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Using headings to improve visual readability
(Language Update, Volume 6, Number 1, 2009, page 17)
It takes more than eye-catching graphics to make a document visually effective. Headings make organization and structure obvious by providing the visual cues readers need to quickly scan a document and find the information they want. Here are some guidelines on how to make the most of headings.
Start setting up your heading hierarchy while you organize your ideas. As you divide your information, write a heading for each major topic. As you break down each topic into logical, understandable chunks, write subheadings, column headings and paragraph headings. If you normally make an outline before you start writing, you’re used to this type of activity—all you have to do now is bring the headings from your outline into the actual document. Sometimes when you aren’t sure what to write, determining what the different sections will be can help you figure out what you, and your readers, need to know.
A typical document has a title plus three to five heading levels. Try to use fewer than six levels of headings. If you find yourself with complex hierarchies of headings, you may need to restructure—for instance, turning large subsections into their own sections.
Each level has its own style, which can include font, font style (bold, italics), size, line spacing (single, 1.5), justification (left, centre) and capitalization (title case, sentence caseFootnote 1). These styles make it easy for readers to quickly identify the different levels. It’s important to apply heading level styles consistently throughout your documents, so readers always know how to scan for information.
Most word processors have default styles for heading levels; some use different fonts for each level, others use variations of the same font. You can also customize your own heading level styles.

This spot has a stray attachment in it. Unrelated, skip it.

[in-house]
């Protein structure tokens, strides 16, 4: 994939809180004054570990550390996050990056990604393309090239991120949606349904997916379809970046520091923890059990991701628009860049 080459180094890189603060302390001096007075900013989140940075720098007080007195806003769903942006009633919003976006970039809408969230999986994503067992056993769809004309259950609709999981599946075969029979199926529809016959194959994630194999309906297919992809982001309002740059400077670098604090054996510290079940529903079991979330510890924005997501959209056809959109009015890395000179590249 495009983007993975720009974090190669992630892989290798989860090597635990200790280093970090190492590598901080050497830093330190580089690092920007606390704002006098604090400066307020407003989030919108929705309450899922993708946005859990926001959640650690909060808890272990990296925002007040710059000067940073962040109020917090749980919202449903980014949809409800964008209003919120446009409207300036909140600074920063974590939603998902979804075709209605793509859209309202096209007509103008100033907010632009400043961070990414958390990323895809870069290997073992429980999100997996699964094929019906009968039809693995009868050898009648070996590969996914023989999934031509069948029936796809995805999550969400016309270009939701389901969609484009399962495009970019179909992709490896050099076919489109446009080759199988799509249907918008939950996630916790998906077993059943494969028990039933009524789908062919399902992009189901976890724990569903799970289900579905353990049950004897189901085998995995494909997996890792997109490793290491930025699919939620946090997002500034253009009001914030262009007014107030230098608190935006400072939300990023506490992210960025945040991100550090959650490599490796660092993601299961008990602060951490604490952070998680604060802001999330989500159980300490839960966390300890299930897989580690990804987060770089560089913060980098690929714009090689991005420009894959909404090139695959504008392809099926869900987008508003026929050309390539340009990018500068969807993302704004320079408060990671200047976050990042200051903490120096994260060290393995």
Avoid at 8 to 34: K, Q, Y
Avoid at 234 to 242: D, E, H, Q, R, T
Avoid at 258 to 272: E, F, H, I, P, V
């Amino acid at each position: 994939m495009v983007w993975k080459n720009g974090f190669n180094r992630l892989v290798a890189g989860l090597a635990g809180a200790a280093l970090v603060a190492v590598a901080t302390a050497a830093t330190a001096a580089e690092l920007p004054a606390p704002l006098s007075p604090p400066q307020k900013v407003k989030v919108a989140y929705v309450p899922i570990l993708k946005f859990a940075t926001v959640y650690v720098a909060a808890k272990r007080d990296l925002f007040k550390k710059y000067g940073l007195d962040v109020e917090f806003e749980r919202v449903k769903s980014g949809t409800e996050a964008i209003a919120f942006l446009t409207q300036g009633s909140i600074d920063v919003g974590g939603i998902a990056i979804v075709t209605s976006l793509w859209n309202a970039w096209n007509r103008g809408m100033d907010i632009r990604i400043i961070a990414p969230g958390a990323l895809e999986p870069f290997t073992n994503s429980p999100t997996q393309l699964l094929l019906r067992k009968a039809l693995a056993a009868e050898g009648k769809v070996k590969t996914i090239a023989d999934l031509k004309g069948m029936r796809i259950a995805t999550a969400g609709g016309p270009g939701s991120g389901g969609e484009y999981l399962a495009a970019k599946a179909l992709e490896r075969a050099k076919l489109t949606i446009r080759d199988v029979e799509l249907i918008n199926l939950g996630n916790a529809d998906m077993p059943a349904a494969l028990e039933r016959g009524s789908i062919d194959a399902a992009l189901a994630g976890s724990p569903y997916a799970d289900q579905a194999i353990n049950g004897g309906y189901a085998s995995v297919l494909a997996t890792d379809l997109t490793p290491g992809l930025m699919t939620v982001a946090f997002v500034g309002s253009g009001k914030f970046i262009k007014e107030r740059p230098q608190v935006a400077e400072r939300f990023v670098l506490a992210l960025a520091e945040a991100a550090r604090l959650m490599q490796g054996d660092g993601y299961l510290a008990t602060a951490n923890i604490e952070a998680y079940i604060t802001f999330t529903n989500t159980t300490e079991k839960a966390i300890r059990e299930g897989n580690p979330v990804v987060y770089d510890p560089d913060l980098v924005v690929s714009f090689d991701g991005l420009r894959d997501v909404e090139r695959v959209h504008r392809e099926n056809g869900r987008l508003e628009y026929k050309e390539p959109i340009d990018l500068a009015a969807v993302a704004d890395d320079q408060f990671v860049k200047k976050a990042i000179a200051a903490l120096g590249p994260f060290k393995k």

Word processors offer a variety of fonts, but you don’t need to use more than two or three in a document. In fact, one clean simple font, such as Arial or Verdana, is often enough. Here’s a set of styles you can use without changing font:
|Heading type||Size||Font style||Justification||Capitalization|
|title||18 pt||bold||left||sentence case|
|level 1||16 pt||bold||left||sentence case|
|level 2||14 pt||bold||left||sentence case|
|level 3||12 pt||bold||left||sentence case|
|level 4||10 pt||bold||left||sentence case|
Headings need to be informative and specific, without going into as much detail as the text that follows them. Try to keep them to one line.
Most headings come in the form of questions, statements or single words.
If you can anticipate the questions your readers will ask, question headings are especially useful. For example, a heading such as "What should I do if I forget my password?" provides the most specific information. The question/answer format is also easy to scan. Avoid creating question headings where the answer is only one word.
Statement headings can be very specific too, but they don’t scan as well as questions. Indeed, a heading such as "Getting a new password" is specific, but not as eye-catching as a question.